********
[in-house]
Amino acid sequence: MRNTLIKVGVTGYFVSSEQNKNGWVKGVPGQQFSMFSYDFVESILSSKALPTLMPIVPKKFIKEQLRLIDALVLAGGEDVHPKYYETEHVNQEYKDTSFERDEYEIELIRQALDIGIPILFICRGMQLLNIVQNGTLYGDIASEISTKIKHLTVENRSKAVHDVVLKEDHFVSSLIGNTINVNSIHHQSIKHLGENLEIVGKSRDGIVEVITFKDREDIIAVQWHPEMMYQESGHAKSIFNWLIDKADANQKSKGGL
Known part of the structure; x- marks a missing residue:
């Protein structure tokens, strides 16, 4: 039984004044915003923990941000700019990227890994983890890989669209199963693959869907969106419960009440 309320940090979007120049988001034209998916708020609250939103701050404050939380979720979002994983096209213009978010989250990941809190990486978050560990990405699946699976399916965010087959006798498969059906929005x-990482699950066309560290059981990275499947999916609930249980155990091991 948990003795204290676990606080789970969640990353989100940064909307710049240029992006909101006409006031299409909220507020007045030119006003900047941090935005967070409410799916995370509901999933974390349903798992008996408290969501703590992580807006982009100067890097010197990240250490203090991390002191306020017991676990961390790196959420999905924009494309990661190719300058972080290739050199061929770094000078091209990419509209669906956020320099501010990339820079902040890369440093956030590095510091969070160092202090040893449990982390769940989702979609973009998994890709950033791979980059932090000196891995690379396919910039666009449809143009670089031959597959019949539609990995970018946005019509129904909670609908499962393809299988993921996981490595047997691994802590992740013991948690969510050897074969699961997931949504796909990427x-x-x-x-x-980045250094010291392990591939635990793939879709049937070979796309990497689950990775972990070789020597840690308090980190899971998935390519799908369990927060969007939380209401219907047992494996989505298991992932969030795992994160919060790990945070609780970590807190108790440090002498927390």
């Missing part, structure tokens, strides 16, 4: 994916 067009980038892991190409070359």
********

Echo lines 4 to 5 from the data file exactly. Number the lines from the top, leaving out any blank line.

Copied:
């Protein structure tokens, strides 16, 4: 039984004044915003923990941000700019990227890994983890890989669209199963693959869907969106419960009440 309320940090979007120049988001034209998916708020609250939103701050404050939380979720979002994983096209213009978010989250990941809190990486978050560990990405699946699976399916965010087959006798498969059906929005x-990482699950066309560290059981990275499947999916609930249980155990091991 948990003795204290676990606080789970969640990353989100940064909307710049240029992006909101006409006031299409909220507020007045030119006003900047941090935005967070409410799916995370509901999933974390349903798992008996408290969501703590992580807006982009100067890097010197990240250490203090991390002191306020017991676990961390790196959420999905924009494309990661190719300058972080290739050199061929770094000078091209990419509209669906956020320099501010990339820079902040890369440093956030590095510091969070160092202090040893449990982390769940989702979609973009998994890709950033791979980059932090000196891995690379396919910039666009449809143009670089031959597959019949539609990995970018946005019509129904909670609908499962393809299988993921996981490595047997691994802590992740013991948690969510050897074969699961997931949504796909990427x-x-x-x-x-980045250094010291392990591939635990793939879709049937070979796309990497689950990775972990070789020597840690308090980190899971998935390519799908369990927060969007939380209401219907047992494996989505298991992932969030795992994160919060790990945070609780970590807190108790440090002498927390």
């Missing part, structure tokens, strides 16, 4: 994916 067009980038892991190409070359």